Jon Elvekrog, the CEO and Co-Founder of 140 Proof, a mobile media company that uses social data to improve ad targeting, has some interesting predictions about upcoming trends in ad tech, marketing, social, and data.
140 Proof has created Blended Interest Graph technology, which combines public data from many social platforms. This enables large brand advertisers to target mobile ads to groups of people based on the interests they express in tweets, follows, pins, likes, tumbls, check-ins and the rest of their social activity. Founded in 2010, 140 Proof draws from over 3 billion interest signals every day and has analyzed over 600 million social profiles. With reach to 66 million monthly uniques across their platform of socially connected apps and sites, 140 Proof has run campaigns for some of the largest brand advertisers, across verticals such as automotive, CPG, consumer electronics, technology, entertainment, finance, and more.
Elvekrog isn’t a newbie in the technology space. He has experience in start-up, turnaround, and growth stage companies. He previously held senior executive marketing and sales positions at HP, Microsoft, and LinkExchange. He has an engineering degree with honors from the University of Michigan and an MBA from Harvard University. So, his thought provoking predictions harness the massive, growing data set of the Broad Interest Graph and insights from social interest data.
The Death of Real-Time Marketing
Elvekrog says, “Social media failures in 2014 were too numerous to count. But even for those brands who managed to avoid being publicly shamed for an off-color tweet, how many of them actually sold another bag of chips or another ticket as a result of their efforts? In 2015, marketers need to give up on real-time marketing and use their social profiles to do their job: sell their product to consumers.”
He adds, “During the World Cup, an airline has no place commenting on a referee’s missed call or a fight on the field—they should be talking about how much legroom is on their flights and addressing customer complaints.
The Boomerang Effect: Why All Advertising WON’T Be Programmatic
Elvekrog predicts, “Marketers will discover that 2014’s hottest buzzword—programmatic—is not a silver bullet. After spending untold dollars on bringing their advertising into the programmatic era, 2015 will be the year that they abandon their “all in” approach and begin to incorporate an array of more balanced tactics. Companies that have made the necessary institutional changes to execute on programmatic will now focus their attention and money elsewhere. Like the Crock Pot in your kitchen, programmatic will heat up companies’ advertising strategies, leaving them ample time to get on with the next big thing having built an ample programmatic base.”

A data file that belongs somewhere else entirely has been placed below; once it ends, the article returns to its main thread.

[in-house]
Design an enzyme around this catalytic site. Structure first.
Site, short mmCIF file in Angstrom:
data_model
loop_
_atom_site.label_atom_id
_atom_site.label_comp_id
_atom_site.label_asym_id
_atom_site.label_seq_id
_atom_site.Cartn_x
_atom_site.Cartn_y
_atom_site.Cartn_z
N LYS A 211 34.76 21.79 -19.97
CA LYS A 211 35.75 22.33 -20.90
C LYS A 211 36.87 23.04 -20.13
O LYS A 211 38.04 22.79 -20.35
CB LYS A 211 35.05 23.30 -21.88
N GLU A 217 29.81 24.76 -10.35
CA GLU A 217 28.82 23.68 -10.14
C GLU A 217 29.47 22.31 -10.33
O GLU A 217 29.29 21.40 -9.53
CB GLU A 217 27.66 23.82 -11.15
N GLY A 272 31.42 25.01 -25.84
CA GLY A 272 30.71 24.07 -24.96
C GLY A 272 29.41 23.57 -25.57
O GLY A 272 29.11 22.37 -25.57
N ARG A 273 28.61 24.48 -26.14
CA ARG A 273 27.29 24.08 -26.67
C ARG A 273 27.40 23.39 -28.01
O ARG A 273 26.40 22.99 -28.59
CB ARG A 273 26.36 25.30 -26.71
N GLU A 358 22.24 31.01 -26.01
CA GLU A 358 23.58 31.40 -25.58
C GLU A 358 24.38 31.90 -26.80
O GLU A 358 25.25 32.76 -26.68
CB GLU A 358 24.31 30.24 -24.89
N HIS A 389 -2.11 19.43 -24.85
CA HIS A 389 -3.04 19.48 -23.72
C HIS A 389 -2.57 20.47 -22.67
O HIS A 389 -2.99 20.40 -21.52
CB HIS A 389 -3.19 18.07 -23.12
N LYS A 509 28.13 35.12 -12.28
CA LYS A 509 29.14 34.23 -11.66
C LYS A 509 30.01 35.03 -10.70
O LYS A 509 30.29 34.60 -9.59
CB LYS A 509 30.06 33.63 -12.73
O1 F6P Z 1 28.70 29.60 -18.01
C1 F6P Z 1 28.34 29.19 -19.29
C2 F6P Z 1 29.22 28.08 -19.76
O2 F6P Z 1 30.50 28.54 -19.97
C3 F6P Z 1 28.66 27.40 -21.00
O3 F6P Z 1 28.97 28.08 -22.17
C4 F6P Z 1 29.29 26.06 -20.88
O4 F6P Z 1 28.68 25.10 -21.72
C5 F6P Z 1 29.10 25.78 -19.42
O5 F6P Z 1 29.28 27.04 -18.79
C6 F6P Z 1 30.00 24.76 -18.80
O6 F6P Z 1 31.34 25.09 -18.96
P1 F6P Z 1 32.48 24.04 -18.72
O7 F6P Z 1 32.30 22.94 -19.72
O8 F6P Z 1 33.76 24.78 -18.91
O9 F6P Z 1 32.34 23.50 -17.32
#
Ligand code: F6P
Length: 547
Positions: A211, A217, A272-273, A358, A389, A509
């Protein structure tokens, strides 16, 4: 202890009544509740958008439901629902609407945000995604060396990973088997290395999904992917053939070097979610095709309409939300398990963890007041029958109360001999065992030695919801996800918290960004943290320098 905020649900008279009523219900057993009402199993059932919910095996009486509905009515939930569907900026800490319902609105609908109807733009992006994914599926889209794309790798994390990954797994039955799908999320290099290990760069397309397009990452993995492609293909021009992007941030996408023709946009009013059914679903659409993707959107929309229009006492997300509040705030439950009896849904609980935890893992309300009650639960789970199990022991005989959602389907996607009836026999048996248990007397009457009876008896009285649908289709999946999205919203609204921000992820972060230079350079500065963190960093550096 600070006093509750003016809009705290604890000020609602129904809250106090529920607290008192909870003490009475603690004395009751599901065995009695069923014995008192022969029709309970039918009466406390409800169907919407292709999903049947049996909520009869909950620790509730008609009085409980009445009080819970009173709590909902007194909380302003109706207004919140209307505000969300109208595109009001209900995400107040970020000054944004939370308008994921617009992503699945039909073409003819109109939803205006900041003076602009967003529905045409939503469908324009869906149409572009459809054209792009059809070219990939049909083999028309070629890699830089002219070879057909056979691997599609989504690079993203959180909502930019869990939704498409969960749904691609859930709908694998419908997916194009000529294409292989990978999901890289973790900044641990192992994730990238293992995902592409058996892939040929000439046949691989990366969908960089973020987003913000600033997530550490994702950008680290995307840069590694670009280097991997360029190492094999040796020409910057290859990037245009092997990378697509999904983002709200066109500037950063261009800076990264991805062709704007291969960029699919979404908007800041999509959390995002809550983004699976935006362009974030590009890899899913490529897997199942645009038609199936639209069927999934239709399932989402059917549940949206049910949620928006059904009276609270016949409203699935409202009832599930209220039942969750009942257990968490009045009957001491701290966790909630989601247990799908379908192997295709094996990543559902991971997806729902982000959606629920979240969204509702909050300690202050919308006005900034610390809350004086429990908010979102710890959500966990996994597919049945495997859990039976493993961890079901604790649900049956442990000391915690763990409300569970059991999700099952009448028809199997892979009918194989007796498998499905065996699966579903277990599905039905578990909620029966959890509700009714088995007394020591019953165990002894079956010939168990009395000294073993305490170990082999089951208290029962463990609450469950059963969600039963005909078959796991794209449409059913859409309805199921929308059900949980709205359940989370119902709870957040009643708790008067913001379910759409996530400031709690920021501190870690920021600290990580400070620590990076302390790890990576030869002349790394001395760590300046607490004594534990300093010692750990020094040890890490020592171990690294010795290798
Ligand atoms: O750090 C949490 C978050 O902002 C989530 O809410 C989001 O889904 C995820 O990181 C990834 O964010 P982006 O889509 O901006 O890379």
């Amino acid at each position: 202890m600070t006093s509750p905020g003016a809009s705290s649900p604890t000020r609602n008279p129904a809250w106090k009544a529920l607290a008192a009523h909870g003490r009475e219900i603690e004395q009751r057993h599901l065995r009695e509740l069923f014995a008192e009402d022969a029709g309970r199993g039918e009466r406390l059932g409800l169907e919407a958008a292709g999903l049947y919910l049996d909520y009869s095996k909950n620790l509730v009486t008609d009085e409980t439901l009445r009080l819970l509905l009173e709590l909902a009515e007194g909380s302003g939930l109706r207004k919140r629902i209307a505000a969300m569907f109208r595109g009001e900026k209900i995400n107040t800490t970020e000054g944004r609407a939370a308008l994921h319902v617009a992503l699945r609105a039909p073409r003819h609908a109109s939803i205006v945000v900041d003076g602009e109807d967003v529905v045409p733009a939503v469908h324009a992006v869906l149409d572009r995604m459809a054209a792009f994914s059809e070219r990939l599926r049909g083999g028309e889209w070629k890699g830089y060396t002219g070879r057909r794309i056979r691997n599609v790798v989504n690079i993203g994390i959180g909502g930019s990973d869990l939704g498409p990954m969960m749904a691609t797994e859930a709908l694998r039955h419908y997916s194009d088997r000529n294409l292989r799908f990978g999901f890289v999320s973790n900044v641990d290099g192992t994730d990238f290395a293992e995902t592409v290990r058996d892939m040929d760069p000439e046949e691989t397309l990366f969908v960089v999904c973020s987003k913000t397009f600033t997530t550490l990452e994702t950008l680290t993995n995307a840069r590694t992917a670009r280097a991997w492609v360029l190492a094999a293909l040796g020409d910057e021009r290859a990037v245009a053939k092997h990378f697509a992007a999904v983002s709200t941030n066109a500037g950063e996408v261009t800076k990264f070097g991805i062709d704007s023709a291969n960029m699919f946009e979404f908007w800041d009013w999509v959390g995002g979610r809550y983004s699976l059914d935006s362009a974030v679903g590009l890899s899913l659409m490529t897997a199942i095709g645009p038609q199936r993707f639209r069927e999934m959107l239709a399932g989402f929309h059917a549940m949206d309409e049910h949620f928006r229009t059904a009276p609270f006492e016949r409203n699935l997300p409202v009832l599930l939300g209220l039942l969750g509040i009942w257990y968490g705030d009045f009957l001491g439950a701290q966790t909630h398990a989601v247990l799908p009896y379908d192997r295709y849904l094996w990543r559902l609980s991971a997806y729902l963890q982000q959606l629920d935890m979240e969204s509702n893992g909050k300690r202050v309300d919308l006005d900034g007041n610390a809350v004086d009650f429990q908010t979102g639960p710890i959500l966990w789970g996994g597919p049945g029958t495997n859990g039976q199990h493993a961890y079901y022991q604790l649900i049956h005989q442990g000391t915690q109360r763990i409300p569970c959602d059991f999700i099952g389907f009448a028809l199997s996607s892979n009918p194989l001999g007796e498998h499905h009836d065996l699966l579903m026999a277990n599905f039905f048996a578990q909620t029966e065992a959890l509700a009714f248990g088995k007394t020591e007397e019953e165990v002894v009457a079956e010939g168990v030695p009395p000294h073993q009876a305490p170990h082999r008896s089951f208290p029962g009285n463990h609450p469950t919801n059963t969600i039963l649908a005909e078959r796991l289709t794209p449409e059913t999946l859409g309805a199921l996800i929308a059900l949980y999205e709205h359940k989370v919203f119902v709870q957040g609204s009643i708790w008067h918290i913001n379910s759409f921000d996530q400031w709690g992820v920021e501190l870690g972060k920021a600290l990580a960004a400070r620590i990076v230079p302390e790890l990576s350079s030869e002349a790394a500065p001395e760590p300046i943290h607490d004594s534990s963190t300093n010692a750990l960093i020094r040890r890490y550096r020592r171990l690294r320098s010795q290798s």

Why Marketers Need to Diversify Social in 2015
He observes, “Social networks are becoming increasingly splintered, and while Facebook may still run the show, they’re no longer the only game in town. Instagram recently announced it has more users than Twitter, Snapchat continues to experience rapid growth and Pinterest remains a burgeoning network for image sharing. For marketers, this is yet another reason to embrace a more diversified social strategy in 2015 by allocating budgets for networks they never considered until now.”
A Picture is Worth 140 Characters: Social Platforms Are Becoming More Visual
Elvekrog says, “With the success of platforms like Tumblr, Pinterest, and Instagram, social is becoming a visual-first experience. The top social channels are following suit: Twitter and Facebook have both recently put significantly more emphasis on photos and video, and in 2015, we predict that visual media will completely take over your newsfeeds.”
Do We Have a Right to be Forgotten?
He adds, “Our digital world is beginning to mimic real life – Snapchat provides fleeting moments, while Whisper taps into anonymity. Apps that trend to the ephemeral signal that consumers are growing weary of the permanence of the internet.”
Elvekrog concludes, “Look no further than 2014’s cloud photo hack: people are learning that having their information saved and accessible to all is a terrifying liability. But, with few options available to the average consumer to eliminate their past from the grid, it raises the question: do we have the right to be forgotten? In 2015, we’ll start to seriously consider the following questions about our social presence:
- What happens to your social profile when you die?
- What are the ethical decisions relating to the ‘right to be forgotten?’
- Could this become a class issue if ‘erasing’ a checkered past from the Internet required payment? Would the poor inherently be at a disadvantage? In other words, is this the new version of ‘History is written by the winners?’”
Latest posts by Greg Jarboe (see all)
- Recreating Viral Video Success: Squatty Potty - October 20, 2017
- Baby Boomers are the Audience Most Advertisers are Missing on YouTube - September 19, 2017
- KnowledgeVision’s Knovio 3.0 is Not Your Old School Online Video Platform - June 30, 2017
- Top 10 Super Bowl Ads for 2017 Depend on Which Metrics You Use - February 7, 2017
- Only 10% of Viewers Thought Last Year’s Super Bowl Ads Were Funny - January 17, 2017